special needs by contrast has always seemed to me to be more positive, though surely every individual has needs which are special to them by virtue of being individual? Cutesy I know, but to me that's kind of what home ed is about, the ability to fit a specialised education to each of my children in the way that best suits them.

I recently attended a seminar presented by Dr John Biddulph in which he said he was no more a person with autism than he was a person with maleness, he is autistic, he is male. I thought this was interesting after I'd spent some time working for companies looking after autistic and/ or learning disabled people. I do think though, that different individuals feel differently about it, so we aren't ever going to find one term that everyone accepts.

The Biologista said...

That group certainly don't seem to be starting out on the right note... dismissive of parents and of the disabled themselves. Who exactly is there left to represent?

I had a discussion with a creationist while back in which he claimed Darwin to be a bigot because of his use of the word "savages" to describe native tribes and "imbeciles" to describe the disabled. He didn't know of course that these were the PC terms of the day, later appropriated by those who already saw natives and disabled people as something worthy of mockery.

It happens time and again that the words we use to describe people open to victimisation are hijacked to become pejoratives. Connotations matter, certainly, but I think the spite of the speaker is the real deal-breaker. We flinch at "retarded", but its meaning is not much different to "disabled". We've just heard it spoken in ignorant hatred too many times.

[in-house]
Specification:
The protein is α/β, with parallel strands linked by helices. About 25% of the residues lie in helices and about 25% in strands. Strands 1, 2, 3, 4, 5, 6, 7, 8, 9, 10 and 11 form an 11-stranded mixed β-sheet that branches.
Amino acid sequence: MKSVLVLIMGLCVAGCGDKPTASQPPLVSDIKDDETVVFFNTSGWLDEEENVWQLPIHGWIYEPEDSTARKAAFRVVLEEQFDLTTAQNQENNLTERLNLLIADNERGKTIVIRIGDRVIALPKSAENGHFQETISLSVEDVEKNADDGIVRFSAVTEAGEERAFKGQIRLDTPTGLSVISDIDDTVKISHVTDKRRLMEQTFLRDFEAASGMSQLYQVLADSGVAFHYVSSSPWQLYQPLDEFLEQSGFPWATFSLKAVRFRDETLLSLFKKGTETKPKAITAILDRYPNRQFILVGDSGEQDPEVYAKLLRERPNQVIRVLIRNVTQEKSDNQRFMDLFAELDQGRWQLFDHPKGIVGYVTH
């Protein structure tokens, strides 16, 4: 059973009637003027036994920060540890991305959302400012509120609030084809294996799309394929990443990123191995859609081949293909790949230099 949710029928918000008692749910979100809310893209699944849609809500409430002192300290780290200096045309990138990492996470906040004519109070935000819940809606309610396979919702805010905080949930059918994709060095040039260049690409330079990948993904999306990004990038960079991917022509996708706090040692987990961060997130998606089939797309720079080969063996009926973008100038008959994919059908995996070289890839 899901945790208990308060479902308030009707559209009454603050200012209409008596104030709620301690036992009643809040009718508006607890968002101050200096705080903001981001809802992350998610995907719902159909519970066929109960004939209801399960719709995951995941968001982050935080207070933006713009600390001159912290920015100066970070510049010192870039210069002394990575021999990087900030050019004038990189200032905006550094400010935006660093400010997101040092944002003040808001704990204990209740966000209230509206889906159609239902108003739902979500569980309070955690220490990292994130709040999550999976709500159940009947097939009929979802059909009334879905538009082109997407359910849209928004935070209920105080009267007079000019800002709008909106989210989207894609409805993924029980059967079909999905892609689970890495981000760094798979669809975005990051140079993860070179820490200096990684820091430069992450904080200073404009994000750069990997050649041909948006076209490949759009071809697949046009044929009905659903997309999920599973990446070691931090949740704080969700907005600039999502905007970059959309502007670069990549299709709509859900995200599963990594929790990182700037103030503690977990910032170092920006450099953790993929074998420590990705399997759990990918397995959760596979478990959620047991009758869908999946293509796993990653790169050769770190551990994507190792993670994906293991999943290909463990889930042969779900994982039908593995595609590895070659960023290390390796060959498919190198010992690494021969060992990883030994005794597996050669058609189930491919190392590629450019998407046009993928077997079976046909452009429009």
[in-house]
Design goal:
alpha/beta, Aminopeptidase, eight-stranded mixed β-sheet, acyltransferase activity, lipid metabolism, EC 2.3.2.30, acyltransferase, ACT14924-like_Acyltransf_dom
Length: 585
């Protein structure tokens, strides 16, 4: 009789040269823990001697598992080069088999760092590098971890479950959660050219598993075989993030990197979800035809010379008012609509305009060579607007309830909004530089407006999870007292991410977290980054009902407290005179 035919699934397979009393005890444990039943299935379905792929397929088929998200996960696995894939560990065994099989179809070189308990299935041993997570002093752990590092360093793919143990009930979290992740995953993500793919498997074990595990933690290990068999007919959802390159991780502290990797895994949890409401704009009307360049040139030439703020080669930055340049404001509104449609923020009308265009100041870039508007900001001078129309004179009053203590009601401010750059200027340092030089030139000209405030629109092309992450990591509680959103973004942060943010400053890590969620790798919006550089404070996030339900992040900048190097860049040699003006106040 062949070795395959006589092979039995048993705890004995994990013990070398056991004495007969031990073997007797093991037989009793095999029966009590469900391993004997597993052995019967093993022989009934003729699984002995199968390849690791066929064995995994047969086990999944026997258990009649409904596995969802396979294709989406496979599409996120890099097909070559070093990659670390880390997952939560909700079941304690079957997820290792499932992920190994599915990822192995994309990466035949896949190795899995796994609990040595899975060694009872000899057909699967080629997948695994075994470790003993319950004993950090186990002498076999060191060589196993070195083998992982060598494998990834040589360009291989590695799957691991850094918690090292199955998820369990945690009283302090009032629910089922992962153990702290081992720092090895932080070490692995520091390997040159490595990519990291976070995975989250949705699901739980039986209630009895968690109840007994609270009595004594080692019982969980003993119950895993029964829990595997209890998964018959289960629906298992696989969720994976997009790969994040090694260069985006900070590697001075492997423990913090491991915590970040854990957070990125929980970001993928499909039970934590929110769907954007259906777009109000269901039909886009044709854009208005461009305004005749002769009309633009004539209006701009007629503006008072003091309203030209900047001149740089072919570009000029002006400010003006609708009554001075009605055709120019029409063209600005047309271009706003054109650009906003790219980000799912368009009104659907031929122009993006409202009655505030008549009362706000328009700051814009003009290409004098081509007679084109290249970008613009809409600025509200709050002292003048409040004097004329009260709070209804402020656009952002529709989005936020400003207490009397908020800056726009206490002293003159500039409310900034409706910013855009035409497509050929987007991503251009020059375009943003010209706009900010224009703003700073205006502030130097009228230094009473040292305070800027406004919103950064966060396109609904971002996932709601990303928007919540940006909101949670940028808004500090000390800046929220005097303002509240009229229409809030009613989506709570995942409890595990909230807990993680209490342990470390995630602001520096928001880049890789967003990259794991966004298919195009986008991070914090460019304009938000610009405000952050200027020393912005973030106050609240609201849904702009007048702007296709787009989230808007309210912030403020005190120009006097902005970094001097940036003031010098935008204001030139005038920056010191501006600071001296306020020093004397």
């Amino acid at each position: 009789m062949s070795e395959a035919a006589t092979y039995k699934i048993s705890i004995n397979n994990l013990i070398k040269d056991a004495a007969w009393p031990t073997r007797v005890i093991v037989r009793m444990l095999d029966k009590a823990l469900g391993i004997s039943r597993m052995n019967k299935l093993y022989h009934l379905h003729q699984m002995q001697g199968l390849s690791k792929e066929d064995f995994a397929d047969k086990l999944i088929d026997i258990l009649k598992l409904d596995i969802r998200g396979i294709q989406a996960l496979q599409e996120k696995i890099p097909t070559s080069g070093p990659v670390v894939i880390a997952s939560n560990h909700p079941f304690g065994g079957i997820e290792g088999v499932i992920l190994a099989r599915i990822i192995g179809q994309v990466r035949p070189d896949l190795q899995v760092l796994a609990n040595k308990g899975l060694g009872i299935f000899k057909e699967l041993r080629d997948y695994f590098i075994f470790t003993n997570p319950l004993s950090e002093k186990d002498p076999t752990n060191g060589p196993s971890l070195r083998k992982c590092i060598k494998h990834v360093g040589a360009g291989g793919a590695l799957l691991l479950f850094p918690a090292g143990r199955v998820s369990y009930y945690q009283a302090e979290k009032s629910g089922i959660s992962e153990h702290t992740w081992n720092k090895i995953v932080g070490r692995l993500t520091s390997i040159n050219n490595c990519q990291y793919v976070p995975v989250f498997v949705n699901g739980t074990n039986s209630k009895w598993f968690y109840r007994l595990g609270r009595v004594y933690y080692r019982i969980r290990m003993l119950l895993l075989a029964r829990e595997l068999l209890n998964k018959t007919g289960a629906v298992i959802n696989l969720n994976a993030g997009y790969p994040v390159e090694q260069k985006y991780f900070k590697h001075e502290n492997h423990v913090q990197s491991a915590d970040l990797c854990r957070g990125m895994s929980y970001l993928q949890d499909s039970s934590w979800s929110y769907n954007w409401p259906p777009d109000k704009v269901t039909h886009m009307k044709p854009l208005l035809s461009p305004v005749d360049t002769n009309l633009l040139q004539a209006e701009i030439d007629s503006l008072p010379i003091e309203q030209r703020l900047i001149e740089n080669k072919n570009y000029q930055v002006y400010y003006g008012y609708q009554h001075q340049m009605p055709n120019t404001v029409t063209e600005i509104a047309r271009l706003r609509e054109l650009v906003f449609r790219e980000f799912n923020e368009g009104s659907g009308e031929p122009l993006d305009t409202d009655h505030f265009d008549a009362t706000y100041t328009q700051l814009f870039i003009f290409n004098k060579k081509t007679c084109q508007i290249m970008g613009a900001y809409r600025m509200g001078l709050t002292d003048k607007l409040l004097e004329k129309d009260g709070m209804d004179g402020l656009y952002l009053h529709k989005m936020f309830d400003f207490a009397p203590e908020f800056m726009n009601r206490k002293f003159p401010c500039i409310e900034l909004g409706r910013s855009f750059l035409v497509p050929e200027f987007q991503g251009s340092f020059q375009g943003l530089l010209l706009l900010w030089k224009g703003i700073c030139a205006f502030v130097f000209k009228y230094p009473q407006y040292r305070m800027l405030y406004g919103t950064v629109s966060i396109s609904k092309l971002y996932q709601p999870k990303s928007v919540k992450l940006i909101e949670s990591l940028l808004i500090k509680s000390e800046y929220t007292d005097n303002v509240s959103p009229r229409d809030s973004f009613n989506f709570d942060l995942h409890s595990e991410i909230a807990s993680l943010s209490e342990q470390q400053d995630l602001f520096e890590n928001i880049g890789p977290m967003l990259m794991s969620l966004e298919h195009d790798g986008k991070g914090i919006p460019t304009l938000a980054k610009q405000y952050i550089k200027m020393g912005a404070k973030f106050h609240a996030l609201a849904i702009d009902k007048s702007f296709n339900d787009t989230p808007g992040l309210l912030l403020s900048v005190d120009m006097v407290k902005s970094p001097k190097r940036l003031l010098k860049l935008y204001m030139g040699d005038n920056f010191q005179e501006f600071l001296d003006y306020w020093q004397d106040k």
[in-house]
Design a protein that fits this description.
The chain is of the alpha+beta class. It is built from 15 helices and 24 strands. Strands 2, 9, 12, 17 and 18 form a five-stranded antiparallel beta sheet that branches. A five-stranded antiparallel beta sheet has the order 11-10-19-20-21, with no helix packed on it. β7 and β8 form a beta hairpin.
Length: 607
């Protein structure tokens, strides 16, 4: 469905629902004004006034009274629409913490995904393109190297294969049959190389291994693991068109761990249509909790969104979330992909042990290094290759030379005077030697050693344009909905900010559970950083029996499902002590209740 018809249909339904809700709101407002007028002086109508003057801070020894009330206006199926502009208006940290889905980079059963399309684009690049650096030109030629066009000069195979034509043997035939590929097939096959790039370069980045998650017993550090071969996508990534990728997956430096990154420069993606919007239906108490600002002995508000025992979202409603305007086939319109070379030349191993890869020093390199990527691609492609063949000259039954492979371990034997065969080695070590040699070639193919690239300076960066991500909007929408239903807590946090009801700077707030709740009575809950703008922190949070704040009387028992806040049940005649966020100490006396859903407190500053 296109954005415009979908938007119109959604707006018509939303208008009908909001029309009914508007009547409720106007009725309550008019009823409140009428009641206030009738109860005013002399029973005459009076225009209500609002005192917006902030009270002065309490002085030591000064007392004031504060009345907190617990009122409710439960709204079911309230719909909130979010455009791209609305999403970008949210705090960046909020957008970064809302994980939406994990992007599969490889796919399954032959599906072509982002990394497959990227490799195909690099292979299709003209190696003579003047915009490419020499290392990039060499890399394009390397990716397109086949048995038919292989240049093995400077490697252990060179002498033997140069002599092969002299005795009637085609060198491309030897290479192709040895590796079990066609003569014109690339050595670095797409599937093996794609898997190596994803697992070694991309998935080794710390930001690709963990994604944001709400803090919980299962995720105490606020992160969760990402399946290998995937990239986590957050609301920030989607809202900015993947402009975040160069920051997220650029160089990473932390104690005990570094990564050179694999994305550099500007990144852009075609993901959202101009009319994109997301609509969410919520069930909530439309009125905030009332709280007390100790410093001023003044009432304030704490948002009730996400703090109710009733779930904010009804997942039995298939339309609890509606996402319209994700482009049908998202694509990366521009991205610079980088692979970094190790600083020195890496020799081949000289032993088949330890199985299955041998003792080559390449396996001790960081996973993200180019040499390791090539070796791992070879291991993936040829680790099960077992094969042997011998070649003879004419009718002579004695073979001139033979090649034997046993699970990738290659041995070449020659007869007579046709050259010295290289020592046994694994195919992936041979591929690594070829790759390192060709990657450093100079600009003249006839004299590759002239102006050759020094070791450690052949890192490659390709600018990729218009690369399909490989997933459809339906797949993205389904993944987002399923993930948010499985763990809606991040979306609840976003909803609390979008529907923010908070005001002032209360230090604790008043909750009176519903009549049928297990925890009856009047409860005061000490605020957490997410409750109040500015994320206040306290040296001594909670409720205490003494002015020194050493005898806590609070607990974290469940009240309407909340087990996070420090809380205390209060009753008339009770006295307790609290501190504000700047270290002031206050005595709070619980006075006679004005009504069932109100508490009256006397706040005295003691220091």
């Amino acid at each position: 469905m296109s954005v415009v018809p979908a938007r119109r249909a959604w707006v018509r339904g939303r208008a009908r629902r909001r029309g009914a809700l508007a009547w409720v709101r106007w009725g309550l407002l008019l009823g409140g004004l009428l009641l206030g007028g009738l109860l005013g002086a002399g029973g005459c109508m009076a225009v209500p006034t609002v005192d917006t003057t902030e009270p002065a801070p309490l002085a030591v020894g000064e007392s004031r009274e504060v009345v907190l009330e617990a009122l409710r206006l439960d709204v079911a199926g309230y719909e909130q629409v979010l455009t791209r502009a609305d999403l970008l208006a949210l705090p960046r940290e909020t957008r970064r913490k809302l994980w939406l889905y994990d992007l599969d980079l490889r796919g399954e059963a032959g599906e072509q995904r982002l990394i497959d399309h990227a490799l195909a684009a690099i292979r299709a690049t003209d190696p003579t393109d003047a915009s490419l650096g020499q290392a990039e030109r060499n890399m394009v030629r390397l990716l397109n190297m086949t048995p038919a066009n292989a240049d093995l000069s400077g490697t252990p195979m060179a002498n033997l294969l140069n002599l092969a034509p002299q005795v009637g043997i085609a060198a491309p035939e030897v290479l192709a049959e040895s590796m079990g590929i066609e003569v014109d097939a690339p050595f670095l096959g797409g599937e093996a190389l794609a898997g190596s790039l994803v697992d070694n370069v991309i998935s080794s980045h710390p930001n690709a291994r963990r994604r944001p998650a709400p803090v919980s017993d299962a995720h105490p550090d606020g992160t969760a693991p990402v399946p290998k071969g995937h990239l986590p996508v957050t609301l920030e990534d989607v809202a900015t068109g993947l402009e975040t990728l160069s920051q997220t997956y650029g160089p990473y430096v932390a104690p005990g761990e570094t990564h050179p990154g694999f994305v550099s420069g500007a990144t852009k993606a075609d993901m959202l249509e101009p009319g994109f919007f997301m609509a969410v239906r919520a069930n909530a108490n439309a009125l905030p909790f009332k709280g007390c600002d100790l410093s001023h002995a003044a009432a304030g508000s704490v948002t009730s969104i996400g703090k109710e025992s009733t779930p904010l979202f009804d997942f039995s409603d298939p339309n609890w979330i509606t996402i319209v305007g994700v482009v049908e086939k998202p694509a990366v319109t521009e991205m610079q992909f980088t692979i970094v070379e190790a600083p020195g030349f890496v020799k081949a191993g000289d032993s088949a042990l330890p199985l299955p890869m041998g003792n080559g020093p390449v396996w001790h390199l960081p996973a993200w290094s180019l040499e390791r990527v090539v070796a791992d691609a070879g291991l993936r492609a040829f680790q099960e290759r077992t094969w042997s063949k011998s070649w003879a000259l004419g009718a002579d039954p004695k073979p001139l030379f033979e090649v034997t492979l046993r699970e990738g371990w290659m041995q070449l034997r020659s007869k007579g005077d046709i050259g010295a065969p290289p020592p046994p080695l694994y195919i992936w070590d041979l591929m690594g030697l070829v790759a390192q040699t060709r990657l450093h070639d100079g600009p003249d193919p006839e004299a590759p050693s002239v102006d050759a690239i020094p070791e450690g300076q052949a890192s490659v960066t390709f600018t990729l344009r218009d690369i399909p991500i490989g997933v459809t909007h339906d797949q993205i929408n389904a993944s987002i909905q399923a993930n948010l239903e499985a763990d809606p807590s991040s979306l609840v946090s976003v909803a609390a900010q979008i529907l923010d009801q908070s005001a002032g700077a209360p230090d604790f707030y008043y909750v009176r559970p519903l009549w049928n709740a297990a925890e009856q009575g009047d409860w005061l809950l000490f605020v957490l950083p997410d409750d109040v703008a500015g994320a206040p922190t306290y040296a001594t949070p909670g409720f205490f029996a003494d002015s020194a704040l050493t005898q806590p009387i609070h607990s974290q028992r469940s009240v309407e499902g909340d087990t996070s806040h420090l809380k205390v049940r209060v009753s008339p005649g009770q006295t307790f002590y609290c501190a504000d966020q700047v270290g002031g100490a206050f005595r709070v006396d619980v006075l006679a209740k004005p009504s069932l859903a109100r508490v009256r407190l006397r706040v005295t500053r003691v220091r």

Ultimately, as you say, the thing that matters is what the disabled want to be called. It hardly matters if we're offended on their behalf if they're satisfied enough with a given term.

Miss Gonzo Galore said...

OK, I just finished reading that whole facebook discussion thread. (Took me a while)
That Dennis guy really is such a condescending w....r, grrr.
I loved your response and Amanda's description of the wording issues, so anyone confused about labels, I really recommend reading her elaborations, even if they are monolithic.

I especially liked this:
"The fact is that there are things non-disabled people can't do. At all. The reason that they are called non-disabled is not because there are no major abilities that they lack. It is because the world caters to everything they lack, bends over backwards to make up for it.